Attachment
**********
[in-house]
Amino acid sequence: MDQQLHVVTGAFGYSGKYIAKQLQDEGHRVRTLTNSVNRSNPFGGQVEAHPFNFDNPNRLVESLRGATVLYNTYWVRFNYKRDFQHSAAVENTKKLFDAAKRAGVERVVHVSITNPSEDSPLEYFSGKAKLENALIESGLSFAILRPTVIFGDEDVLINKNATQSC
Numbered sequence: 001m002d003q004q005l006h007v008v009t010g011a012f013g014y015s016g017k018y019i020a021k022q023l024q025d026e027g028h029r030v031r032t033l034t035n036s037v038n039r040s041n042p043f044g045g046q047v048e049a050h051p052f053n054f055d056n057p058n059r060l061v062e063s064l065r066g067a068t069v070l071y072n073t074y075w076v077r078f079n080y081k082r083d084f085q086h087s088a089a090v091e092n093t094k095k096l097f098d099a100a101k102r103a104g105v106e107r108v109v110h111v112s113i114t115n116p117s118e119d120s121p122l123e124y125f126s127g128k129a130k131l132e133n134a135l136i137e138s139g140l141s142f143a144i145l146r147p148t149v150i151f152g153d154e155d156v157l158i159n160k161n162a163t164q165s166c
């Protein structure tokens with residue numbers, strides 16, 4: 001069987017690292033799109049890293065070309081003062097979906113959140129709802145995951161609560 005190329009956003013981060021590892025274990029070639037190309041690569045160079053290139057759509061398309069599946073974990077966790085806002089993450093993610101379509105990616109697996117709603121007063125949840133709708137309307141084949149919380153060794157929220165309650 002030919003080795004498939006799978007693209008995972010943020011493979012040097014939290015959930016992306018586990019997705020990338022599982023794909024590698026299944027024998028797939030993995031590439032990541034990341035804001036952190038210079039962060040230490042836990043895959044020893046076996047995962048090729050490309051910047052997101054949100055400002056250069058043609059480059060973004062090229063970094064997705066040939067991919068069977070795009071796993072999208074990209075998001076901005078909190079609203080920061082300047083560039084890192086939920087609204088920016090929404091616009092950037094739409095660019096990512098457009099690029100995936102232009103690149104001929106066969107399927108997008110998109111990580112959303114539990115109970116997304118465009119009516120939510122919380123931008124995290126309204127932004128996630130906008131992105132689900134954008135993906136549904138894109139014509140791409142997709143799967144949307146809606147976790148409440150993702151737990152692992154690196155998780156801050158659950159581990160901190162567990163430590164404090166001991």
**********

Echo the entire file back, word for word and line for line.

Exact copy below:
[in-house]
Amino acid sequence: MDQQLHVVTGAFGYSGKYIAKQLQDEGHRVRTLTNSVNRSNPFGGQVEAHPFNFDNPNRLVESLRGATVLYNTYWVRFNYKRDFQHSAAVENTKKLFDAAKRAGVERVVHVSITNPSEDSPLEYFSGKAKLENALIESGLSFAILRPTVIFGDEDVLINKNATQSC
Numbered sequence: 001m002d003q004q005l006h007v008v009t010g011a012f013g014y015s016g017k018y019i020a021k022q023l024q025d026e027g028h029r030v031r032t033l034t035n036s037v038n039r040s041n042p043f044g045g046q047v048e049a050h051p052f053n054f055d056n057p058n059r060l061v062e063s064l065r066g067a068t069v070l071y072n073t074y075w076v077r078f079n080y081k082r083d084f085q086h087s088a089a090v091e092n093t094k095k096l097f098d099a100a101k102r103a104g105v106e107r108v109v110h111v112s113i114t115n116p117s118e119d120s121p122l123e124y125f126s127g128k129a130k131l132e133n134a135l136i137e138s139g140l141s142f143a144i145l146r147p148t149v150i151f152g153d154e155d156v157l158i159n160k161n162a163t164q165s166c
């Protein structure tokens with residue numbers, strides 16, 4: 001069987017690292033799109049890293065070309081003062097979906113959140129709802145995951161609560 005190329009956003013981060021590892025274990029070639037190309041690569045160079053290139057759509061398309069599946073974990077966790085806002089993450093993610101379509105990616109697996117709603121007063125949840133709708137309307141084949149919380153060794157929220165309650 002030919003080795004498939006799978007693209008995972010943020011493979012040097014939290015959930016992306018586990019997705020990338022599982023794909024590698026299944027024998028797939030993995031590439032990541034990341035804001036952190038210079039962060040230490042836990043895959044020893046076996047995962048090729050490309051910047052997101054949100055400002056250069058043609059480059060973004062090229063970094064997705066040939067991919068069977070795009071796993072999208074990209075998001076901005078909190079609203080920061082300047083560039084890192086939920087609204088920016090929404091616009092950037094739409095660019096990512098457009099690029100995936102232009103690149104001929106066969107399927108997008110998109111990580112959303114539990115109970116997304118465009119009516120939510122919380123931008124995290126309204127932004128996630130906008131992105132689900134954008135993906136549904138894109139014509140791409142997709143799967144949307146809606147976790148409440150993702151737990152692992154690196155998780156801050158659950159581990160901190162567990163430590164404090166001991």